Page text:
In its latest iteration, the defense of protectionism rests on the idea that comparative advantage does exist when capital is mobile, but that the theory no longer proves free trade is optimal when this is the case. This argument, once again, misconstrues the role that comparative advantage plays in supporting the case for a policy of free trade. That role is, and has always been, to demonstrate the counterintuitive point that a country’s ability to produce good steel using fewer resources than are required to produce lumber abroad does not imply that the people of that country should produce steel. The people of said country might still benefit by specializing in the production of lumber and exchanging lumber for imports of steel.
Stated precisely, the case that an understanding of comparative advantage makes for free trade is this: protectionism in the home country will reduce the aggregate economic well-being of the residents of the home country, given the prevailing pattern of comparative advantages across the globe. This case says nothing about the forces that determine comparative advantage or about what is, from the perspective of citizens of the home country, an “ideal” pattern of production and trade.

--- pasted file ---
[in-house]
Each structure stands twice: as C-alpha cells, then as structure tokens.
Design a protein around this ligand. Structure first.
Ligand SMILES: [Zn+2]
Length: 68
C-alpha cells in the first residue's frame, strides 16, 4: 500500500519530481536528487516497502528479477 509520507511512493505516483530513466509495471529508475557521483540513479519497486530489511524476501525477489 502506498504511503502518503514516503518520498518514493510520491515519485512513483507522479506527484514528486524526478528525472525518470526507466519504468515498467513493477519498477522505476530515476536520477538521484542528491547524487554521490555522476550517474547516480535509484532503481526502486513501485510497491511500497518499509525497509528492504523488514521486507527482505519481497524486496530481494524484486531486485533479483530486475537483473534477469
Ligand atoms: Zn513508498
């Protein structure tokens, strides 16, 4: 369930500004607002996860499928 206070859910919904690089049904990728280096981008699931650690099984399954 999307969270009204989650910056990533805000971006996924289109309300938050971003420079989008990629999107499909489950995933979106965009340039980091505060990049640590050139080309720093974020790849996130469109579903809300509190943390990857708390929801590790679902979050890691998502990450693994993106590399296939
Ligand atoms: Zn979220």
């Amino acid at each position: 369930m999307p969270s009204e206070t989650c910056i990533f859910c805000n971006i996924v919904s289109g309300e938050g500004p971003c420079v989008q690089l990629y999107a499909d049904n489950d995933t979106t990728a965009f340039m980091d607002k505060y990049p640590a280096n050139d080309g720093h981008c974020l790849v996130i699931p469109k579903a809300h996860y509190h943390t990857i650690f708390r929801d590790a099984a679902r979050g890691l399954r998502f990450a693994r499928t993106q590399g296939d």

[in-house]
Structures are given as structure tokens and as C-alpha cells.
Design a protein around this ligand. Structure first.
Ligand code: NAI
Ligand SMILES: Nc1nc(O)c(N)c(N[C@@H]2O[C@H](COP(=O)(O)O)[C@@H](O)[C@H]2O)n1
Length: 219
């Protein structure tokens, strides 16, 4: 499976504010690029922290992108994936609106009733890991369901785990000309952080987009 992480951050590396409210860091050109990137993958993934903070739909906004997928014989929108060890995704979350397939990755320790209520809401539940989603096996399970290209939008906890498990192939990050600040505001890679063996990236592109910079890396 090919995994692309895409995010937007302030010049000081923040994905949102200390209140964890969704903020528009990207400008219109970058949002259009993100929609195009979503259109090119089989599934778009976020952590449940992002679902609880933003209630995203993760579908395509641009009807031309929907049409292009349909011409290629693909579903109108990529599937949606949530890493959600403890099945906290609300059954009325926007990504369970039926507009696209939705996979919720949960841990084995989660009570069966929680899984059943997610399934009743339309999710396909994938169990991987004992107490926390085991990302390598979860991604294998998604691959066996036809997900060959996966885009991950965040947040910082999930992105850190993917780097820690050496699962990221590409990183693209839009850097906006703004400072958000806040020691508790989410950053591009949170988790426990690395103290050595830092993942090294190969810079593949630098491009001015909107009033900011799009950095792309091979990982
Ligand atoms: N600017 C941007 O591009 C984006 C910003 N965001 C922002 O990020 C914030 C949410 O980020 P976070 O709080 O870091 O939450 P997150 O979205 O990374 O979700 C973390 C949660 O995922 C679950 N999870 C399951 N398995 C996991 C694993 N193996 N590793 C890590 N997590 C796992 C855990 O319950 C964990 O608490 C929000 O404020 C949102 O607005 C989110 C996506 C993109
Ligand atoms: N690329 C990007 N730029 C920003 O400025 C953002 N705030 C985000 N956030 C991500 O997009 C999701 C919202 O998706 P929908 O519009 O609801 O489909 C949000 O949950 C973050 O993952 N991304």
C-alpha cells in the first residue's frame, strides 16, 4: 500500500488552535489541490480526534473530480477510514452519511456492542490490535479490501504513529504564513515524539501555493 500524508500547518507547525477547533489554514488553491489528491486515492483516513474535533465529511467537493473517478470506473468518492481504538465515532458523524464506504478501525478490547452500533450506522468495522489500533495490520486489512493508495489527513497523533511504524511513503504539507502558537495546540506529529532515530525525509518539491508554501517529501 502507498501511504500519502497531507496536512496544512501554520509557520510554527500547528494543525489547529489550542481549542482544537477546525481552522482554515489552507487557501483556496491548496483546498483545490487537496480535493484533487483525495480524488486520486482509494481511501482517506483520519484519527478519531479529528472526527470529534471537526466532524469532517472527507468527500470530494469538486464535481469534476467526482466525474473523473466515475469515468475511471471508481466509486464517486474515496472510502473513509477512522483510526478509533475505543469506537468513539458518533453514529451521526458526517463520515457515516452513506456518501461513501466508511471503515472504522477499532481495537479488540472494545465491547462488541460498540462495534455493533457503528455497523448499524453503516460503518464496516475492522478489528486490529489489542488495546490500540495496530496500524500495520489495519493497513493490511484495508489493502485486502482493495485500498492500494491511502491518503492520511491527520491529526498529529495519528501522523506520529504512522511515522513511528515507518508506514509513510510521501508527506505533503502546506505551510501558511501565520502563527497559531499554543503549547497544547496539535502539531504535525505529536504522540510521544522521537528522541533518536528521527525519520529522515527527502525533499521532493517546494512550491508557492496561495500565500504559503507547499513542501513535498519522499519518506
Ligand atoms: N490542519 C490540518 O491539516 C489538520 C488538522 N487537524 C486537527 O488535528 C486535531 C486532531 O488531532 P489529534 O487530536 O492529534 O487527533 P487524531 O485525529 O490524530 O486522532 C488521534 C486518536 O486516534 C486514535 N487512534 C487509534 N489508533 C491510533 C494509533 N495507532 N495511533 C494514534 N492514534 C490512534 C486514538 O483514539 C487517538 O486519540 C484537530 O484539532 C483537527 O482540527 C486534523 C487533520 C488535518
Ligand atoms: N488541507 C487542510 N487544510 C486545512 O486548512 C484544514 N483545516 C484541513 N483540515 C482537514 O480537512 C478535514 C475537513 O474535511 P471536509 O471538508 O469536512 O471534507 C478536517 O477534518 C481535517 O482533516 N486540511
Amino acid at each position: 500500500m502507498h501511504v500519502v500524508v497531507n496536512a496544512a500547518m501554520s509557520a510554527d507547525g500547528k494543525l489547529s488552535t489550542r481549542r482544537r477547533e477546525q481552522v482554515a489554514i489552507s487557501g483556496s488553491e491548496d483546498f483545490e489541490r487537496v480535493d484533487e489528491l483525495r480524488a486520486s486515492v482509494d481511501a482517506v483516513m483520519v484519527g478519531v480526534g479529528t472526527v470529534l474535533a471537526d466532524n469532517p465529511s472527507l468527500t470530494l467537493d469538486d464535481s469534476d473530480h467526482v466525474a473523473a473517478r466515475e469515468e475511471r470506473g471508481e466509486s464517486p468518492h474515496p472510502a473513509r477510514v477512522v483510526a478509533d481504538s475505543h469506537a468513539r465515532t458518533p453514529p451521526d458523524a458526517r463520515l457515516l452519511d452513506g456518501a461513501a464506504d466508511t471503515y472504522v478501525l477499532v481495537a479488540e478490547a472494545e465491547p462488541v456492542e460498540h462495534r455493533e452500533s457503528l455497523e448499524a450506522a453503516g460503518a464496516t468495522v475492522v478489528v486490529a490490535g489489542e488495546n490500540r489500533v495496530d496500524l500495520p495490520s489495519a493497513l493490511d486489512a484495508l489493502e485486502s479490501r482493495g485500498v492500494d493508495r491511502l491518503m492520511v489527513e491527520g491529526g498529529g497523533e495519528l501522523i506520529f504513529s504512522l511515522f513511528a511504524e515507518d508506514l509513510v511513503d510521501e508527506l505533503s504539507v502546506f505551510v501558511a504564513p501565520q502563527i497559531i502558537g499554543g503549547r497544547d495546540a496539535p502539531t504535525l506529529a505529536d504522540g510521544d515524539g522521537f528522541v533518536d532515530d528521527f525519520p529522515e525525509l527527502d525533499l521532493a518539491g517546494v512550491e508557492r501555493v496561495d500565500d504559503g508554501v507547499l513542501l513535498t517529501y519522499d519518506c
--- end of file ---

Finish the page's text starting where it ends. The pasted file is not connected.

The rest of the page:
No serious economist has ever denied that in reality the pattern of comparative advantages can change over time for a multitude of reasons, including innovation and trade. Nor has any serious economist denied the theoretical possibility that an omniscient and apolitical government could use tariffs and subsidies to arrange for the home country’s comparative advantages to change in ways that, over time, yield higher real incomes for the people of the home country.
The validity or invalidity of using this theoretical possibility to justify protectionism in the real world has nothing to do with the principle of comparative advantage as such. Even if real-world governments could be trusted to use protectionist interventions in these ways, the resulting case for protectionism would not arise from any failure of comparative advantage to apply in, or to describe, reality.